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LOS ANGELES (Hollywood Reporter) - Peter Jackson certainly is familiar with the challenges of satisfying filmgoers' expectations, having helmed three films derived from J.R.R. Tolkien's immensely popular "Lord of the Rings" novel and a second remake of the iconic film "King Kong."
So Alice Sebold's best-selling novel "The Lovely Bones," published in 2002, should be right in his wheelhouse. In this case, though, he has changed the focus and characters to such a significant degree that his film might resonate more with those who have not read the book.
Sebold's otherworldly meditation on unspeakable tragedy and hard-earned healing has been transformed by Jackson into something akin to a supernatural suspense thriller. A philosophical story about family, memory and obsession has, regrettably, become a mawkish appeal to victimhood.
Readers' eagerness to see the film version, plus Jackson's name above the title, should deliver a significant box-office take during the Paramount film's initial, limited release beginning December 11. Whether "Bones" will sustain those numbers as it expands domestically and then into foreign territories in January is unclear. This is, to Jackson's credit, daring and deeply unsettling material.
"Bones" is the story of Susie Salmon, a 14-year-old girl who is murdered December 6, 1973. She is adjusting to her new home in heaven while watching life on Earth continue without her. Her family goes through hell -- her dad having the most difficult time dealing with her disappearance -- while her killer, a neighbor, covers his tracks.
Sebold's stroke of genius is to place her heroine in heaven immediately. She can thus describe with dispassion her own rape-murder and her family's realization that the eldest daughter will not be coming home.
In literary terms, she is a first-person narrator and an omniscient observer: She can enter the minds of other characters to know what they're thinking and can even see into the past. As the years roll by, she witnesses how healing slowly comes, but at great cost. A few characters even realize that she never completely left; they sense her presence and, on occasion, believe they see her.
The movie, written by Jackson, Fran Walsh and Philippa Boyens, is more concentrated, in time and focus. Nor can the screenwriters get past the crime. They see their movie as a murder thriller. The role of the killer, George Harvey, has been expanded and is played by fine actor Stanley Tucci (almost unrecognizably so).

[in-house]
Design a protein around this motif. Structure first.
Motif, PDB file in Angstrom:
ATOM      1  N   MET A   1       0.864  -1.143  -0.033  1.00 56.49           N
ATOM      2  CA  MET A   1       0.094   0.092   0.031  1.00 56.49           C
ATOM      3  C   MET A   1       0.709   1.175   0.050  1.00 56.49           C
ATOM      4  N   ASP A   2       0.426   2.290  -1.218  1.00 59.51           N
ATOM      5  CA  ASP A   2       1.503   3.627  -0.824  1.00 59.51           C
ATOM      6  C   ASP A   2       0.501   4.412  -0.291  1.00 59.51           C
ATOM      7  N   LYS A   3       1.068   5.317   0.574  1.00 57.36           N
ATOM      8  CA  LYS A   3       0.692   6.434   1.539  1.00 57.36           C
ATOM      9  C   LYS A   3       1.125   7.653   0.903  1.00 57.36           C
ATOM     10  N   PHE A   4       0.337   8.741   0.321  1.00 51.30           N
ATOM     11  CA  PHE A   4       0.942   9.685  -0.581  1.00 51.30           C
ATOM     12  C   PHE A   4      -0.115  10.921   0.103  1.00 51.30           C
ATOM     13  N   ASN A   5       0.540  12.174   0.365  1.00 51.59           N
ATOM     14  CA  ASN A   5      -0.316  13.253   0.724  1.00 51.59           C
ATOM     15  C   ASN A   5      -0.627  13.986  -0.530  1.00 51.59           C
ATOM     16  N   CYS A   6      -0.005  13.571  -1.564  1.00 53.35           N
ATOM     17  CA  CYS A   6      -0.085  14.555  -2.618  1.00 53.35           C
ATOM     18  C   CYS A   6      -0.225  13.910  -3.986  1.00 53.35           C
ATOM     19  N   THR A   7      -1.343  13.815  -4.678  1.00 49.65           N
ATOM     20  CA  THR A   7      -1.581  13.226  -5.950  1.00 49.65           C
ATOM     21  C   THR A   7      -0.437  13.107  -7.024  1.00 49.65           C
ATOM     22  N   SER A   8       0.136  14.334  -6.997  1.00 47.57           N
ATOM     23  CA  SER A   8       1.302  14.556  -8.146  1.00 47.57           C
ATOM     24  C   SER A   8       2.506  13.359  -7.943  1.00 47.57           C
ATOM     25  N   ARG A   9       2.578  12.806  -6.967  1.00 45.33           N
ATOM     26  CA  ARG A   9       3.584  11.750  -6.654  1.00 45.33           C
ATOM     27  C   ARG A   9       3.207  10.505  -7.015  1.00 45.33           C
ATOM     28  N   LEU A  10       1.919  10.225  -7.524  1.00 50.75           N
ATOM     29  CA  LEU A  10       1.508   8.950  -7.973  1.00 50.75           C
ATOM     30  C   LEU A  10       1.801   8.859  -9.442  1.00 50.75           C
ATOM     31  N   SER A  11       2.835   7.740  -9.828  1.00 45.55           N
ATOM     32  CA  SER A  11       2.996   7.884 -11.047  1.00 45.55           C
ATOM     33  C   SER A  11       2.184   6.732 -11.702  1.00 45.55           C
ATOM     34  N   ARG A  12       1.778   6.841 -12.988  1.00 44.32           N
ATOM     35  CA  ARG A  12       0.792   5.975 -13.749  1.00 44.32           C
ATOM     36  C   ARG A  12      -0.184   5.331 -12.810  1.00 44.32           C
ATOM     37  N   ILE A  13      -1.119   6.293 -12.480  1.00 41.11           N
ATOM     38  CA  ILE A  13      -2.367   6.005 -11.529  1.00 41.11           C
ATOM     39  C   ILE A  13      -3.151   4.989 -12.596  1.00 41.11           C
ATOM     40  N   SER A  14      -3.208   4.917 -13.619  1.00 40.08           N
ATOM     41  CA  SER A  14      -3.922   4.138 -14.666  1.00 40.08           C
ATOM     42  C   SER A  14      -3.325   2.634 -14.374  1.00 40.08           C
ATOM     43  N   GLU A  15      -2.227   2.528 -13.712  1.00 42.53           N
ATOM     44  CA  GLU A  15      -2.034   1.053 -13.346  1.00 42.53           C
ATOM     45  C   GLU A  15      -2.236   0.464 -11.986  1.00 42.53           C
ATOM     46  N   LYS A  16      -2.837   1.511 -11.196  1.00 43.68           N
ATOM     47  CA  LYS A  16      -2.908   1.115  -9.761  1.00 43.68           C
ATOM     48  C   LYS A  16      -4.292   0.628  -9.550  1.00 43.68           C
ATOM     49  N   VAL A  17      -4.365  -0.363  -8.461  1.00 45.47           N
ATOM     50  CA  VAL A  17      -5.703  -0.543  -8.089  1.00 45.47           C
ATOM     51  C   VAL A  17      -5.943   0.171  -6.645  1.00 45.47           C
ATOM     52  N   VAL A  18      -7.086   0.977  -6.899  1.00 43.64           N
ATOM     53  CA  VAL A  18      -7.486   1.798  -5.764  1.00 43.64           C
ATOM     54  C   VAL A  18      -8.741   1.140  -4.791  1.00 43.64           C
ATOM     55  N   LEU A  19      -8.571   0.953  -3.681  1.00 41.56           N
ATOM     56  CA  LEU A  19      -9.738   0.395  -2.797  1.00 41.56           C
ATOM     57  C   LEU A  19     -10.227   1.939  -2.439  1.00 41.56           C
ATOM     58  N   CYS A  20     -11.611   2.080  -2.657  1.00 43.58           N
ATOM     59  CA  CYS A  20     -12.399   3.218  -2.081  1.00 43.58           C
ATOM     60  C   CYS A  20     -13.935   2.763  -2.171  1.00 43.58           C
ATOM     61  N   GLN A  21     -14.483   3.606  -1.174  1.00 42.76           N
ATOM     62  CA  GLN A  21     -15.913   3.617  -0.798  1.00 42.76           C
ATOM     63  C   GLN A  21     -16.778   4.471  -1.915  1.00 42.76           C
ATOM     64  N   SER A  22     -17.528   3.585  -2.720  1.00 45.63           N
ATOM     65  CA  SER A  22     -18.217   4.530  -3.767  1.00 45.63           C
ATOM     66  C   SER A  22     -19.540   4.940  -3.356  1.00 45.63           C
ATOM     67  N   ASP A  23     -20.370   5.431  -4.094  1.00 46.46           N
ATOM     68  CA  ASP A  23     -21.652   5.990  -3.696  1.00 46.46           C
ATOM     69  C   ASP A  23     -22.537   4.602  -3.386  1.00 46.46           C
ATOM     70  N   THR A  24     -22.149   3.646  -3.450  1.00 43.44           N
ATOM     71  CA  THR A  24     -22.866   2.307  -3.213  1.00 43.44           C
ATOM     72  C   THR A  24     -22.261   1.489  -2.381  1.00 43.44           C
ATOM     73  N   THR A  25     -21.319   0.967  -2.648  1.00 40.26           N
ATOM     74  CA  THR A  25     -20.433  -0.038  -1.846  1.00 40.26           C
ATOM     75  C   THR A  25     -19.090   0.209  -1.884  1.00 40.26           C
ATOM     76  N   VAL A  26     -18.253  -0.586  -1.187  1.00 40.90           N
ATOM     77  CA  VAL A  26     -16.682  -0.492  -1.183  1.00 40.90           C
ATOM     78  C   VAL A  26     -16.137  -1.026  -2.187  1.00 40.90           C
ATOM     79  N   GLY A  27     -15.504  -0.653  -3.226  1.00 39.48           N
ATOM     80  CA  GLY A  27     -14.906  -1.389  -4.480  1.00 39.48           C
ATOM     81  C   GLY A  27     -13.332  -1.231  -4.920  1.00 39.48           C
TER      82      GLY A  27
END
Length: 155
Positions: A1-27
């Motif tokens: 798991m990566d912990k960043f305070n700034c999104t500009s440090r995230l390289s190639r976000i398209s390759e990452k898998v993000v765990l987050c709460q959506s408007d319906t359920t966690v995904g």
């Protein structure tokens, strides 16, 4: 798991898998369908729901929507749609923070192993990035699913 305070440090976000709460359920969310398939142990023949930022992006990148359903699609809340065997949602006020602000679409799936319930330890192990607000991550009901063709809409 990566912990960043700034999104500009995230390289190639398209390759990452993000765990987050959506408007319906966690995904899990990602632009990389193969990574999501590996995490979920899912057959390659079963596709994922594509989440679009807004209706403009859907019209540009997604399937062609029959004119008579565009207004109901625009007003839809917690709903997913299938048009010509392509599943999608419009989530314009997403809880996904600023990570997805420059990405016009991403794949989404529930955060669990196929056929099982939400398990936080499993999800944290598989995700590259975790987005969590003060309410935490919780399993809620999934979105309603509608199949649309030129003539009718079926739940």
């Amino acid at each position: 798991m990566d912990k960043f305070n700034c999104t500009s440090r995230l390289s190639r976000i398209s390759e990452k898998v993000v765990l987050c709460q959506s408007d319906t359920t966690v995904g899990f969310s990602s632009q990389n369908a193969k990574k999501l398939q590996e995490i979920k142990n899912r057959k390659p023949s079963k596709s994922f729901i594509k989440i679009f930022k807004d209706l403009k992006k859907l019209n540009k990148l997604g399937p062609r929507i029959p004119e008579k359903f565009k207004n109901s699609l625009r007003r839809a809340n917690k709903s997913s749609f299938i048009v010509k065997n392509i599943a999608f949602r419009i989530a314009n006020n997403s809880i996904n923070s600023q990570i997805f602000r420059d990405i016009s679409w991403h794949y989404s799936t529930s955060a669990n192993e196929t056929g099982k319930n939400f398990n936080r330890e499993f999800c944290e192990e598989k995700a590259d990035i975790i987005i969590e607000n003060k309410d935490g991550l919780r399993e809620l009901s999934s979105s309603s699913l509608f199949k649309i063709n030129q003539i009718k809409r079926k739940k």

The film ventures only about a year into a future without Susie. And, like any crime thriller, it worries about the killer and how he will get caught. It even has Susie rage in heaven against her murderer, demanding vengeance. In shifting the emphasis, the film version must all but abandon the crumbling relationship between Susie's dad, Jack (Mark Wahlberg), and mother, Abigail (Rachel Weisz), and dramatically alters the nature of the police detective's (Michael Imperioli) involvement with the family.
In the novel, the father immediately senses that George killed his daughter but has no proof, so his mental deterioration makes sense. In the film, he has no clue who murdered his daughter; he just goes nuts.
Saoirse Ronan, so impressive in "Atonement," plays Susie, and she's terrific. She is the glue that holds the story together. Her piercing blue eyes and heartfelt anguish animate both heaven and Earth.
This heaven, described only sketchily in the novel, permits Jackson the full range of his visual imagination. He paints a surreal outdoor palace of changing seasons and environments with rainbow colors and swift-as-thought transitions.
Andrew Lesnie's cinematography and Naomi Shohan's production design make Earth and heaven not-quite-authentic places. Earth is a suburban, small-town America, more idealized than real. It's as if Susie, in heaven, imagines the town in her mind rather than as she actually sees it. Meanwhile, her heaven is a timeless fantasia that reflects her mental outlook.
The movie relies on the emotionalism of a young girl murdered and an unrepentant killer lurking nearby. It just barely has time for the story's most colorful character, the alcoholic grandmother (Susan Sarandon), who moves in and takes charge of the nearly dysfunctional Salmon household.
The film certainly plays well enough as a melodrama-cum-revenge thriller. The suspense of Susie's sister (Rose McIver) breaking into George's house to find a damning trace of her sister is pure Hitchcock. And Susie's diaphanous appearances -- and a friend (Carolyn Dando) who can "see" her -- suggest "The Sixth Sense."
But a reader might regret the loss of the real issues between Susie's mom and dad. In the early minutes, the film hints at developing this aspect of the story, only to drop it. Was there a longer version that underwent cuts? Indeed, more than a few characters get introduced briefly only to virtually disappear once everything boils down to victim and perpetrator.
This was never going to be an easy story to film. Using the same characters and many events, Jackson and his team tell a fundamentally different story. It's one that is not without its tension, humor and compelling details. But it's also a simpler, more button-pushing tale that misses the joy and heartbreak of the original.